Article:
Simply being trustworthy is clearly not enough for an end-user-facing DAPP. In IPFS, a single node’s PIN clearly is not sufficient for high availability, and users all around the world imply the need for global acceleration.
This is when ‘4EVERLAND’ comes into the picture. 4EVERLAND builds its data storage and transport layers on the IPFS network and organizes a collection of IPFS nodes into a collaborative, globally distributed storage, and gateway service via a unique cryptographic and economic model design, resulting in a trusted, universally available, and globally accelerated front-end decentralized hosting solution for all DAPPs.
A front-end decentralized deployment solution for everyone
The technical barriers have always been a major roadblock for community users to get fully involved in the project. As we are used to getting services directly from others, the service can also be terminated at any time. In the same way that Andre Cronje chose not to continue contributing to DeFi and the cryptocurrency space when all front ends are discontinued, the services we have access to will also cease. Even though we have other options, this means that we will eventually lose access to these services due to the cessation of other options.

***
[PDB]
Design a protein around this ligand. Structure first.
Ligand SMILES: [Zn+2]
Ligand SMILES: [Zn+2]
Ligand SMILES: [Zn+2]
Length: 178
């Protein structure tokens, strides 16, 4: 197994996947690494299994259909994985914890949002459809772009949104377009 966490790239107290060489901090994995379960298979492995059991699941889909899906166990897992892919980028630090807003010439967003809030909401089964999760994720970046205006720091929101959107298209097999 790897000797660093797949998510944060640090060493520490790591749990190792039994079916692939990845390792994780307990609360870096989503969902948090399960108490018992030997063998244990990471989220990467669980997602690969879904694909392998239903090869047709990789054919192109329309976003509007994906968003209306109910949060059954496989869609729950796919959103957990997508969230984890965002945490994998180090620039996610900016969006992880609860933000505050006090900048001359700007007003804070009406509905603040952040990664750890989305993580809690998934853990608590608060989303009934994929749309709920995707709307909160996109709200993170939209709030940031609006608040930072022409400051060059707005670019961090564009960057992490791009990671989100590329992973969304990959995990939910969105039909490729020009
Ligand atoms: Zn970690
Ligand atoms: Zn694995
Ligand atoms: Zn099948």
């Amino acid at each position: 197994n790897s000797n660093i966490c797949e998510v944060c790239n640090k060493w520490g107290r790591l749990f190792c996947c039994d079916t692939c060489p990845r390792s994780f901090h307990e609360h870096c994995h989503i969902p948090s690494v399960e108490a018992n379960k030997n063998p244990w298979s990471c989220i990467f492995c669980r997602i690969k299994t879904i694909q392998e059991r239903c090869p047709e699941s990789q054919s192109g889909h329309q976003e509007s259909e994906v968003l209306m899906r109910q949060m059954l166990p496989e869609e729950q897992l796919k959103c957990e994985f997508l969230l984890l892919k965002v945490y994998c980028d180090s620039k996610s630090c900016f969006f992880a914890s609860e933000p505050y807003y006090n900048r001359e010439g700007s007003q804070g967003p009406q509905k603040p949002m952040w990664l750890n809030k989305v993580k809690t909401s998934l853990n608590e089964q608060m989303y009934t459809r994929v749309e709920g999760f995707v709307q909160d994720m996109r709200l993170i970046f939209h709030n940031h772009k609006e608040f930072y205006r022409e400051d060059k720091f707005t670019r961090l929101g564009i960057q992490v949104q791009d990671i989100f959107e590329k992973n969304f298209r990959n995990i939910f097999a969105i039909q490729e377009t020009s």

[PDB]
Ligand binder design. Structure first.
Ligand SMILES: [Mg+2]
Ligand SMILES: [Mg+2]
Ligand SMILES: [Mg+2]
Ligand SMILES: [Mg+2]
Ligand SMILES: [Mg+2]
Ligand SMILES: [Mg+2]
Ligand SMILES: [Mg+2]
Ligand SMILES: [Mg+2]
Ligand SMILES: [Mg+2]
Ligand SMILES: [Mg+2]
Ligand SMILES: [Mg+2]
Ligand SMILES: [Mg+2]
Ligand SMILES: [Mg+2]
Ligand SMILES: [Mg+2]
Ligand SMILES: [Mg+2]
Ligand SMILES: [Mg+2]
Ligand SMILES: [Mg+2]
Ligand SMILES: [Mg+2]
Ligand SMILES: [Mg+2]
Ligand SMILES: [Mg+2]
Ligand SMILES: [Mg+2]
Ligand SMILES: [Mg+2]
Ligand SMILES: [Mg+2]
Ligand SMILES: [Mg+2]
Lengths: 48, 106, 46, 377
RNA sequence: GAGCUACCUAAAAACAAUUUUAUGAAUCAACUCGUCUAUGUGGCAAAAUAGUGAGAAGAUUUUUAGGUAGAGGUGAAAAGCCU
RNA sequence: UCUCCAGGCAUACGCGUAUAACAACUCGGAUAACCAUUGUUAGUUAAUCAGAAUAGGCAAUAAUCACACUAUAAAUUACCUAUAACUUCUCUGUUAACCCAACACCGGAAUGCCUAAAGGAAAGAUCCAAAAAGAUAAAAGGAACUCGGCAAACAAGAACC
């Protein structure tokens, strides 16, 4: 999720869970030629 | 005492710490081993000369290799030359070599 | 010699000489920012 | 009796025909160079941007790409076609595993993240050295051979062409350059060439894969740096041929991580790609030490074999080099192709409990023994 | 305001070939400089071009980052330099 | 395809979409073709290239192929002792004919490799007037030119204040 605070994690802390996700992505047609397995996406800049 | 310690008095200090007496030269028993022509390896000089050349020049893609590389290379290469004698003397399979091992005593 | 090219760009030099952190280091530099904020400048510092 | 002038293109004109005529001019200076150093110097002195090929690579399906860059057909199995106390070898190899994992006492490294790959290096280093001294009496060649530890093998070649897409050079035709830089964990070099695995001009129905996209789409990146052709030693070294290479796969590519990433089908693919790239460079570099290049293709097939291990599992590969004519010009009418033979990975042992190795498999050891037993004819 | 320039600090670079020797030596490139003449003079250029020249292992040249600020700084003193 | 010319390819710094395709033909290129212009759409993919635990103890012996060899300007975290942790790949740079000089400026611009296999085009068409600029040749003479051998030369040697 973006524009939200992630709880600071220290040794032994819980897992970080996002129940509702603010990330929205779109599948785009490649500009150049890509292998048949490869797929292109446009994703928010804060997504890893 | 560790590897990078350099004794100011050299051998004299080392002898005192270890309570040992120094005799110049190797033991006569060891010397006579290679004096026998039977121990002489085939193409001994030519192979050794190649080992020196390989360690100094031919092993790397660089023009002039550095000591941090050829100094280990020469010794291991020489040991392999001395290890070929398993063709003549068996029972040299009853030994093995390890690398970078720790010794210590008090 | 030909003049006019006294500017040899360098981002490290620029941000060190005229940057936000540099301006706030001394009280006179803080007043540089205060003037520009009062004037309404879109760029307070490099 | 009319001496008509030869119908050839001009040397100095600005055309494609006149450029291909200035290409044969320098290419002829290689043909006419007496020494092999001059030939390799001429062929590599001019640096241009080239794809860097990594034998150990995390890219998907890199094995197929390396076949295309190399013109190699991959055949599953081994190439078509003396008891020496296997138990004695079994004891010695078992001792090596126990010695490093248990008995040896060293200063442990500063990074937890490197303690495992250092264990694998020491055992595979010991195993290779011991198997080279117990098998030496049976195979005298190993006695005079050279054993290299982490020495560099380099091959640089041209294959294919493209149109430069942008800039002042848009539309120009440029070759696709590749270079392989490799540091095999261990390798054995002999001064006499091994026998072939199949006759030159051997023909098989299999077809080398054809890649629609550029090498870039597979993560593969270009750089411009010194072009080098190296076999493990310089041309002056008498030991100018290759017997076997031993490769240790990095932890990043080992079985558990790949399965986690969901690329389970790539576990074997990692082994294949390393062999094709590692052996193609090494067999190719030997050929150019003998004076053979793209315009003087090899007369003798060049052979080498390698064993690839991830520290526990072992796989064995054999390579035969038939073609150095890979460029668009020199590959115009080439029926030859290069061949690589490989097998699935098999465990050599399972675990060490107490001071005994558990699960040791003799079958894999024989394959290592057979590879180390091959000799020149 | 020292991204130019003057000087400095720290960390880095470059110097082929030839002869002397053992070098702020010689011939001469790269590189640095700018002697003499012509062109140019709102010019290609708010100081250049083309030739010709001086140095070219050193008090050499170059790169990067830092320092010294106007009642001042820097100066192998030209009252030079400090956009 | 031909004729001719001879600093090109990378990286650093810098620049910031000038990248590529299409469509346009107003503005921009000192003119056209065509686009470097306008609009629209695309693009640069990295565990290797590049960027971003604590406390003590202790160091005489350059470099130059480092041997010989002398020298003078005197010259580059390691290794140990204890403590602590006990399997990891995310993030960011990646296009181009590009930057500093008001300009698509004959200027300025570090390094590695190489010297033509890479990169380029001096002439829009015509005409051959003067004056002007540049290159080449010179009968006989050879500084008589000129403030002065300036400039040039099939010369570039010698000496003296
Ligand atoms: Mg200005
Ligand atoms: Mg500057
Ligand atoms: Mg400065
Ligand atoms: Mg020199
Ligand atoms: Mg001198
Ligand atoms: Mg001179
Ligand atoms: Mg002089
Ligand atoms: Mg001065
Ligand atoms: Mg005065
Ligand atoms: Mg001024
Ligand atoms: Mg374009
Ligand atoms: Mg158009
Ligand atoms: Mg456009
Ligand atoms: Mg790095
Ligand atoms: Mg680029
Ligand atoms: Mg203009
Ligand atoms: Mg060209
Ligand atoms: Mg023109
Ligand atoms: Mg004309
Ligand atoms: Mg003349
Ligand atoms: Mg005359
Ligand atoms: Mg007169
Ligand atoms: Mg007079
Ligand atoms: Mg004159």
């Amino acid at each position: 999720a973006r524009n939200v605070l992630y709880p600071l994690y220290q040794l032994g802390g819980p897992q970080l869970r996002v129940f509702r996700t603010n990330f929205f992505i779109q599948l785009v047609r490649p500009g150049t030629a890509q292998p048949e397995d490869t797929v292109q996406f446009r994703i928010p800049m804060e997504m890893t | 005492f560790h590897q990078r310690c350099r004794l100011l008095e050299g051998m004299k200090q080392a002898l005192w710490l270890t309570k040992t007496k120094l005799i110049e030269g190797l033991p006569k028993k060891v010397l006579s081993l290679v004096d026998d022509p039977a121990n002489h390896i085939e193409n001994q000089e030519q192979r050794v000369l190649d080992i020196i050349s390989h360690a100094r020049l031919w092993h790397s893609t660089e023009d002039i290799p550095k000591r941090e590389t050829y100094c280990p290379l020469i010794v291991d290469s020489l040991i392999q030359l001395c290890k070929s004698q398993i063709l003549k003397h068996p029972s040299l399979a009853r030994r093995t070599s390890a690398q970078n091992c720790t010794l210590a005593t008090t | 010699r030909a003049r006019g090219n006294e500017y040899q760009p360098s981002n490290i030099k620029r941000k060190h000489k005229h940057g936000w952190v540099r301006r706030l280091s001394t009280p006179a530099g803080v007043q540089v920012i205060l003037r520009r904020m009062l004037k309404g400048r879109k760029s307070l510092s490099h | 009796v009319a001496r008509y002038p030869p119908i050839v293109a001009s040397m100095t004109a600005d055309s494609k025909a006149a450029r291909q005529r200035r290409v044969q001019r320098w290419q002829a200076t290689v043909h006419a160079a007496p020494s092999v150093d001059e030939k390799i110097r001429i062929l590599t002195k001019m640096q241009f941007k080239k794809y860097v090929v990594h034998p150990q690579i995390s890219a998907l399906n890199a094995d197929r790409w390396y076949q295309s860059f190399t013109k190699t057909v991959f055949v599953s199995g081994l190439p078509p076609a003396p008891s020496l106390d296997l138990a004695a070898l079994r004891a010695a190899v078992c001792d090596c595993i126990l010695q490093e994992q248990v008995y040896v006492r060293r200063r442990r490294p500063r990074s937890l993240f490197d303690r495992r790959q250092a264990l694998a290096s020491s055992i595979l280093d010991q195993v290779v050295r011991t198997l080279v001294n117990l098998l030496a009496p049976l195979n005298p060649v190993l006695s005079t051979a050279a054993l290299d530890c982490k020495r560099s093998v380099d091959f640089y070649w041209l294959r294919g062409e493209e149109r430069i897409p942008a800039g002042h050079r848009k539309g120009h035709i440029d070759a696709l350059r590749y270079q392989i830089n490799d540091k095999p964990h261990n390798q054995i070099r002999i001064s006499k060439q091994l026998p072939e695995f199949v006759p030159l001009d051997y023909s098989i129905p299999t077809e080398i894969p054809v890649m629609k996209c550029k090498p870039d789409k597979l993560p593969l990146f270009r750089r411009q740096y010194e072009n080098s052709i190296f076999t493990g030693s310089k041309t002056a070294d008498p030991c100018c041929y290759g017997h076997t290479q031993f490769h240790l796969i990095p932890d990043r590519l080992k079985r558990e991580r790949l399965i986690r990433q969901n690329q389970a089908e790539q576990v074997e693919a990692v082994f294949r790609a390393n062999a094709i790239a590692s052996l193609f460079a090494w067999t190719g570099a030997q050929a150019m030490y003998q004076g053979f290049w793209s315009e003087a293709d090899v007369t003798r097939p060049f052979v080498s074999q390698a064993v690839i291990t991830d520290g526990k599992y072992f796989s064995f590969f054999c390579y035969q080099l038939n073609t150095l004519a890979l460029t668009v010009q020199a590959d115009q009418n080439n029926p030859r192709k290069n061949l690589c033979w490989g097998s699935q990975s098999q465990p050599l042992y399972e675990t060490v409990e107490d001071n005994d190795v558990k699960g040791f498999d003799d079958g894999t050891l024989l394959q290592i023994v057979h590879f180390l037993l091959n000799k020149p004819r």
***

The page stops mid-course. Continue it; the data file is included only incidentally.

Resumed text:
Obviously, this is not the best solution. You could let everyone deploy such a DAPP front-end for themselves, then they could decide when to stop the service, which would be very decentralized.
4EVERLAND offers this service to all users without having any technical capabilities. Users can choose a template or fork any project’s open-source front-end code at 4EVERLAND Hosting and quickly deploy a set of front-end codes with a single page click, which can take as little as 30 seconds. Open source is a simple and common thing in the blockchain world, and as Anton Nell stated, the code they discontinue delivering is open source, and they urge and welcome the community to install these services on their own.
What is 4EVERLAND Hosting?